# LIBERTY SQUARE /// The Tremendous Power of Space


In this article, I should share a strong architectural experience I encountered last Saturday. The working group at Occupy Wall Street of which I am part, Education and Empowerment, and more specifically The Nomadic University, was invited to the New School as we would be provided with a classroom for us. The President of the New School, David E. Van Zandt, actively supported the movement and encouraged students and professors of the New School to participate in various events organized by Occupy Wall Street. That is also how our working group was granted a classroom for whenever we would need it.

Notwhithstanding this generosity, people in the group including myself experienced the violent power of architecture as we rarely did before. It would seem pretty obvious to anybody that having ideas as a group of people in public space does not happen in the same way as in a classroom; however, experiencing it is another thing: I have been writing a lot about the hurtful inherent characteristics of architecture’s physicality, but I very rarely felt it violently to that extent in a somehow domestic environment. We usually gather in the public space in an open atrium often crossed by pedestrians. Having a working group meeting in that space is fundamentally expressing the openness and the generosity of the Occupy Wall Street movement. On the contrary, meeting in a classroom on the 6th floor of an academic institution brought us back to a well-known situation where knowledge is explicitly owned by one or a few people and secretly distributed to a selected audience. Architecture changes the way we think and act. “Walls have ears”: we certainly feel this way when we are in a closed environment. We self-censor and become embarrassed to waggle our fingers as a sign of approval like we do on Liberty Square.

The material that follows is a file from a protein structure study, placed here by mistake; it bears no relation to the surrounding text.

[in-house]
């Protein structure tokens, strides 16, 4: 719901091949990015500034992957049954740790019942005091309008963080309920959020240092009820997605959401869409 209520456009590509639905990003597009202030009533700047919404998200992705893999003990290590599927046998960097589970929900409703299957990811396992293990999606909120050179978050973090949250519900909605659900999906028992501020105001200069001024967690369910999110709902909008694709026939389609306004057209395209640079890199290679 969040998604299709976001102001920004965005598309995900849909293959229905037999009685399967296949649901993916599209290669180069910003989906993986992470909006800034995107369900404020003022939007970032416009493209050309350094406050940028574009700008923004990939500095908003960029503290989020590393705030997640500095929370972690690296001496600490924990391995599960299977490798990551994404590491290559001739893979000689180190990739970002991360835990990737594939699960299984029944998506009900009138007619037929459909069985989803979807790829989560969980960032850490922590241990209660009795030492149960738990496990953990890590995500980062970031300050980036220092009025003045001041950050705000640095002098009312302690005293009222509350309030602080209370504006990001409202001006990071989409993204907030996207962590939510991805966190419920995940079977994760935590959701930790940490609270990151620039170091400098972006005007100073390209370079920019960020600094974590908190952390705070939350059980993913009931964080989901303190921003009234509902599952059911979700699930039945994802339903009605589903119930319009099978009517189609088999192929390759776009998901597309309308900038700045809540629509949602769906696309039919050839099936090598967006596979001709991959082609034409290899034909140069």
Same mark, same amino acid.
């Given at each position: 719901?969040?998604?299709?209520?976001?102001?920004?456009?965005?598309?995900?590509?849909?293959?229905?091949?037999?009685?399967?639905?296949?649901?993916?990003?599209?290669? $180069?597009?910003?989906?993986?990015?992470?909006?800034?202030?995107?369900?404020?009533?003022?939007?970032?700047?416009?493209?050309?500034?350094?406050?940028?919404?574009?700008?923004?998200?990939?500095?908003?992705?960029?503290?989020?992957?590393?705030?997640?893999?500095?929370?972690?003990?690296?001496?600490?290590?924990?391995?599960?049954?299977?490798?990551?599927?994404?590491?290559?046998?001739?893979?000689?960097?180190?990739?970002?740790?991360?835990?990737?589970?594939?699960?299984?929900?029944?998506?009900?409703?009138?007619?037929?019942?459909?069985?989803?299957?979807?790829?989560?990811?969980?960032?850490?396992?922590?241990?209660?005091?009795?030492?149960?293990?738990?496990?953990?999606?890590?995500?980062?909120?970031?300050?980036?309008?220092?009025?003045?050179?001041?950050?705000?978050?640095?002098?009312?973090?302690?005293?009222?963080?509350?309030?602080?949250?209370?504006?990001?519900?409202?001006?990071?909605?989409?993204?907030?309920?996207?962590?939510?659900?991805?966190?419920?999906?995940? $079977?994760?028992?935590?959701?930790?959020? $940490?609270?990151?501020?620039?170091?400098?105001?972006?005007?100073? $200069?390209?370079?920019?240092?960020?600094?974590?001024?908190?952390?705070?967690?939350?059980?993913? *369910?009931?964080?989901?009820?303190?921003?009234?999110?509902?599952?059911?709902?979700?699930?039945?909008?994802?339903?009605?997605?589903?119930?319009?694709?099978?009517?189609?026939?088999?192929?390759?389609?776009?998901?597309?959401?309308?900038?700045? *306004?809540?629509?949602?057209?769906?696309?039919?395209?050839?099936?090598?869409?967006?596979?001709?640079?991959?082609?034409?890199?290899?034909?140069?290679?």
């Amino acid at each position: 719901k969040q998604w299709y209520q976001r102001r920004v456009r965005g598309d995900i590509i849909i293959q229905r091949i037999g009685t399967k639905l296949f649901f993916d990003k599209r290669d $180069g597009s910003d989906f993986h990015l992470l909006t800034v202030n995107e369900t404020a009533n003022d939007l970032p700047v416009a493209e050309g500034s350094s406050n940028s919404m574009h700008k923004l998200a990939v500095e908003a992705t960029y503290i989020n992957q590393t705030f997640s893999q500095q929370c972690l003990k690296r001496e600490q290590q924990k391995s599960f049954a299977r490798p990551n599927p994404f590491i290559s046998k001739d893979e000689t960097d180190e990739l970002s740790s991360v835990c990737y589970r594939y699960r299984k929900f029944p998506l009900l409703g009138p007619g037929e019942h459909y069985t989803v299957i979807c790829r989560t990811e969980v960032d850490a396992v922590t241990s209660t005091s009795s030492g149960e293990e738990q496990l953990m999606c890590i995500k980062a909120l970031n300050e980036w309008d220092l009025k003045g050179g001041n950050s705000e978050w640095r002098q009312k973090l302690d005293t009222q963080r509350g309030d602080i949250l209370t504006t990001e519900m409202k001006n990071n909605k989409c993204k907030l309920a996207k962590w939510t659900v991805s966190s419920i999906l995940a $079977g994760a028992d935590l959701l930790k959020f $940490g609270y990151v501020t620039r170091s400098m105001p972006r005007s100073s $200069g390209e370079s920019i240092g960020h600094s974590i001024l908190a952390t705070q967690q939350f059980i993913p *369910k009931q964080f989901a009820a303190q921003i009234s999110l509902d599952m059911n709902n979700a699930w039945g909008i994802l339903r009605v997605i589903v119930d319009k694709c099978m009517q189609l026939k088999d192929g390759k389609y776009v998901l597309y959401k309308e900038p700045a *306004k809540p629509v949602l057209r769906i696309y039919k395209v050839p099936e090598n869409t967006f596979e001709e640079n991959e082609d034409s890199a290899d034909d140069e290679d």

Liberty Square and the other spaces of social movements around the world are places of production of knowledge; not an academic one that can be peremptorily declared correct or incorrect. It is, rather, the formation of a collective knowledge that allies a theoretical background with a continuous experience of the real. The space in which such an alchemy occurs is never innocent. The issue might be that those who understand that the best, are precisely the ones who produce the spaces of control (classrooms, hospitals, factories, offices, prisons).